Chupacabras and Jose-Pablo Buerba

I go sometimes, to see family and enjoy. It is really a hedonistic trip with too much beer, too much tequila (Siete Leguas, because Villa’s horse deserves a tequila). Especially for Nochebuena, when we all get together to celebrate and talk about chupacabras, the bullshit news stories used to distract us.

I go and walk around, I take part and smile. I raise my fist and a middle finger. Typically, the middle finger is reserved for that ugly white building where the US Embassy is. How dare they put it next to El Angel de Independencia! But then again, it is the yanqui empire. Would they do it any different?

I digress.

I write this in response to Jose-Pablo Buerba, interviewed by Mateo Pimentel on this site, CounterPunch. I have never read such beautifully crafted propaganda for the PRI in English. Not just the PRI, but propaganda to prop up the structural reforms that are also at the heart of the protests in Mexico. It is pure chupacabras!

The first premise that Esther Gordillo spurred on any street-level political activism from behind bars is laughable. Her union, Sindicato Nacional de Trabajadores de la Educación (SNTE), were not the principal agitators in the historic city center of Mexico City. Actually, she has been integral to the “reforms” being protested since the last PAN administration, which she supported. Her union is a “sindicato amarillista”, a sell-out organization with more links to power than having anything to do with rank and file unionism. She was more likely jailed for supporting the PAN, a kind of revenge for ditching the authoritarian PRI who ruled Mexico for 70 years.

The folks who occupied the city center before they were forcibly removed were educators from the Coordinadora Nacional de Trabajadores de la Educación (CNTE), an alternative union founded in 1979 by SNTE dissident members. They protested because the problem education has in Mexico has never been some idiotic need for “standards”, but for proper funding. Please, visit a school in rural Mexico, and don’t be surprised if doesn’t have four walls. The students at the rural normal in Ayotzinapa were destined to teach at those schools; to teach with a radical, emancipatory love for their communities. How dare Buerba equate them with that sell-out Gordillo.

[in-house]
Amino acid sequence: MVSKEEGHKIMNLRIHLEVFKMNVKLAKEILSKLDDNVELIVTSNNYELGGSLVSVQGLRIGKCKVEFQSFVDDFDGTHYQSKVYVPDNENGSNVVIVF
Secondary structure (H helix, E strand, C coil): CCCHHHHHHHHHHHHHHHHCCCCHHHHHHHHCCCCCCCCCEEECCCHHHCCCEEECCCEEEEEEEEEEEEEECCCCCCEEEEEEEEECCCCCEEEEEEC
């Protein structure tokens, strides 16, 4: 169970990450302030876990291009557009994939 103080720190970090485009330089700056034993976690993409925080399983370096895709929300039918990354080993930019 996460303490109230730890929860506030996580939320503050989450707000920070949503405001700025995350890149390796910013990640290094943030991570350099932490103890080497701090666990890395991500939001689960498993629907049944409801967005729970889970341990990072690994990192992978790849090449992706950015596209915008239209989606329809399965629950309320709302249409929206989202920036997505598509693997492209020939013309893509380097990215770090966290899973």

From the trash Gordillo point with no relation to reality, Buerba moves on to a further unrealistic idea of populism misdirected at the PRI. This point is based on Iguala’s mayor (Mateo wrote governor, but Iguala is a city and “alcalde” translates as mayor) Abarca being from the PRD, the center-left party in Mexico. Protesters in Mexico know this, which is why they chant, “Ni PRI ni PAN ni PRD” [neither PRI nor PAN nor PRD]. Buerba probably never was at a single protest, so his idea of what the people are protesting probably comes from La Reforma, like every other elitist defeño.

Just like he doesn’t know that people readily link the 43 students to the structural reforms and the selling out of their country to foreign capital to benefit national elites. People in the country that gave birth to the Zapatistas know! The protestors who were out against the structural reforms in months past come from the same radical sectors of society that are currently protesting the murder of 43 students. A protest message that is typically stated to include 30,000 more, which is a reference to the total estimated disappeared in the country.

Buerba wouldn’t want to admit that the protesters are much more holistic in their analysis. Instead, Buerba justifies the fiscal reform, which will hurt small market vendors and benefit large scale corporations. Most vendors only survive because they exist in the informal economy not paying taxes. However, Buerba considers this reform positive because, and I quote, “Small businesses in Mexico have to pay more taxes now, “but what they don’t realize,” says Buerba, “is the upside of the macroeconomics at work: paying higher taxes might eventually make the whole country better.”” The people who already barely survive must make the country better. Buerba sounds like a Sachs type, blaming the poor for the rich’s theft.

Or when he justifies the privatization of PEMEX, as meant to make it “a more productive firm; without the energy reforms, PEMEX will not have the resources necessary to exploit all the resources that Mexico has.” If you look at the history, PEMEX was purposefully starved to make way for privatization, its productivity problems a direct product of the drive to privatize. Furthermore, privatization is about breaking the powerful petroleros union, and as always, a give-away to capital. Losing a third to 70% of the Mexican federal budget as going to make the country as a whole better-off seems like the kind of idiocy only someone drunk off of neoclassical economic models would think.